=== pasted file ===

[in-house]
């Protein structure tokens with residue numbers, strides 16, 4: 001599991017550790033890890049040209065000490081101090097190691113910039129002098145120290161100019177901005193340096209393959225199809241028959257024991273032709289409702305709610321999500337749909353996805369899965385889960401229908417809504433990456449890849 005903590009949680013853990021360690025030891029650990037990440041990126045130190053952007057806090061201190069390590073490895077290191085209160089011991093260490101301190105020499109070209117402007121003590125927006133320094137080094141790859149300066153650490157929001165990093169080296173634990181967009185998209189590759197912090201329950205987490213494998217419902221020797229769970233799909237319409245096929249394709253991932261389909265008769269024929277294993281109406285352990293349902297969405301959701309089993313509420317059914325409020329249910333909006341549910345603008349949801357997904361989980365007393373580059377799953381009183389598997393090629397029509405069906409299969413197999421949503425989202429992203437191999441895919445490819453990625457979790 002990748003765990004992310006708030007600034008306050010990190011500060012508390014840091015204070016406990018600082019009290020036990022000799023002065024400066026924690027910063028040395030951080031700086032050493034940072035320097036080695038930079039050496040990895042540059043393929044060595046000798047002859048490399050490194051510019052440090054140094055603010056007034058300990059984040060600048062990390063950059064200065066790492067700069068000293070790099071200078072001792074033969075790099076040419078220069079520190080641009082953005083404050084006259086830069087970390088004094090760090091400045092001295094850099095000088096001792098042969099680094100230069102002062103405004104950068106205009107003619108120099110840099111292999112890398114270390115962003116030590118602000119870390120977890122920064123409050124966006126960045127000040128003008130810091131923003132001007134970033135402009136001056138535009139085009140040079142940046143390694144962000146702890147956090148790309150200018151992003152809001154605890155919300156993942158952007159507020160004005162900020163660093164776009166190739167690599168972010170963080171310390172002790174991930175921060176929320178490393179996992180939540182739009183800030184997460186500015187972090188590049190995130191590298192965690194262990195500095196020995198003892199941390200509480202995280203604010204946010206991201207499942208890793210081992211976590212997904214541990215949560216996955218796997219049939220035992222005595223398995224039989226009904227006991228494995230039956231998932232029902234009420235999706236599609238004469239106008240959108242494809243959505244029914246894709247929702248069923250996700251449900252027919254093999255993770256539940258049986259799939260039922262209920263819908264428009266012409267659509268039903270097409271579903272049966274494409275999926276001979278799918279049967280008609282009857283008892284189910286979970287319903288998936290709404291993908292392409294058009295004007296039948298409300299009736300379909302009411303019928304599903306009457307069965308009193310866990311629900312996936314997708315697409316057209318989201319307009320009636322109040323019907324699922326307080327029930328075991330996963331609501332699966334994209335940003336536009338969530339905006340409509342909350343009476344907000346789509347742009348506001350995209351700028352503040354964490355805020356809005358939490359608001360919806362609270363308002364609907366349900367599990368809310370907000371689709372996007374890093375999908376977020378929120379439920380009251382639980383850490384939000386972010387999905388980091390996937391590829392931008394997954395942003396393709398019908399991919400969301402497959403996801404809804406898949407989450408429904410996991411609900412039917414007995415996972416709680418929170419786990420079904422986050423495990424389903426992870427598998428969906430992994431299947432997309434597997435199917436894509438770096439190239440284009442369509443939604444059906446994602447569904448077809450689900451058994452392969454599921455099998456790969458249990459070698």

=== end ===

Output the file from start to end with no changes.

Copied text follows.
[in-house]
């Protein structure tokens with residue numbers, strides 16, 4: 001599991017550790033890890049040209065000490081101090097190691113910039129002098145120290161100019177901005193340096209393959225199809241028959257024991273032709289409702305709610321999500337749909353996805369899965385889960401229908417809504433990456449890849 005903590009949680013853990021360690025030891029650990037990440041990126045130190053952007057806090061201190069390590073490895077290191085209160089011991093260490101301190105020499109070209117402007121003590125927006133320094137080094141790859149300066153650490157929001165990093169080296173634990181967009185998209189590759197912090201329950205987490213494998217419902221020797229769970233799909237319409245096929249394709253991932261389909265008769269024929277294993281109406285352990293349902297969405301959701309089993313509420317059914325409020329249910333909006341549910345603008349949801357997904361989980365007393373580059377799953381009183389598997393090629397029509405069906409299969413197999421949503425989202429992203437191999441895919445490819453990625457979790 002990748003765990004992310006708030007600034008306050010990190011500060012508390014840091015204070016406990018600082019009290020036990022000799023002065024400066026924690027910063028040395030951080031700086032050493034940072035320097036080695038930079039050496040990895042540059043393929044060595046000798047002859048490399050490194051510019052440090054140094055603010056007034058300990059984040060600048062990390063950059064200065066790492067700069068000293070790099071200078072001792074033969075790099076040419078220069079520190080641009082953005083404050084006259086830069087970390088004094090760090091400045092001295094850099095000088096001792098042969099680094100230069102002062103405004104950068106205009107003619108120099110840099111292999112890398114270390115962003116030590118602000119870390120977890122920064123409050124966006126960045127000040128003008130810091131923003132001007134970033135402009136001056138535009139085009140040079142940046143390694144962000146702890147956090148790309150200018151992003152809001154605890155919300156993942158952007159507020160004005162900020163660093164776009166190739167690599168972010170963080171310390172002790174991930175921060176929320178490393179996992180939540182739009183800030184997460186500015187972090188590049190995130191590298192965690194262990195500095196020995198003892199941390200509480202995280203604010204946010206991201207499942208890793210081992211976590212997904214541990215949560216996955218796997219049939220035992222005595223398995224039989226009904227006991228494995230039956231998932232029902234009420235999706236599609238004469239106008240959108242494809243959505244029914246894709247929702248069923250996700251449900252027919254093999255993770256539940258049986259799939260039922262209920263819908264428009266012409267659509268039903270097409271579903272049966274494409275999926276001979278799918279049967280008609282009857283008892284189910286979970287319903288998936290709404291993908292392409294058009295004007296039948298409300299009736300379909302009411303019928304599903306009457307069965308009193310866990311629900312996936314997708315697409316057209318989201319307009320009636322109040323019907324699922326307080327029930328075991330996963331609501332699966334994209335940003336536009338969530339905006340409509342909350343009476344907000346789509347742009348506001350995209351700028352503040354964490355805020356809005358939490359608001360919806362609270363308002364609907366349900367599990368809310370907000371689709372996007374890093375999908376977020378929120379439920380009251382639980383850490384939000386972010387999905388980091390996937391590829392931008394997954395942003396393709398019908399991919400969301402497959403996801404809804406898949407989450408429904410996991411609900412039917414007995415996972416709680418929170419786990420079904422986050423495990424389903426992870427598998428969906430992994431299947432997309434597997435199917436894509438770096439190239440284009442369509443939604444059906446994602447569904448077809450689900451058994452392969454599921455099998456790969458249990459070698």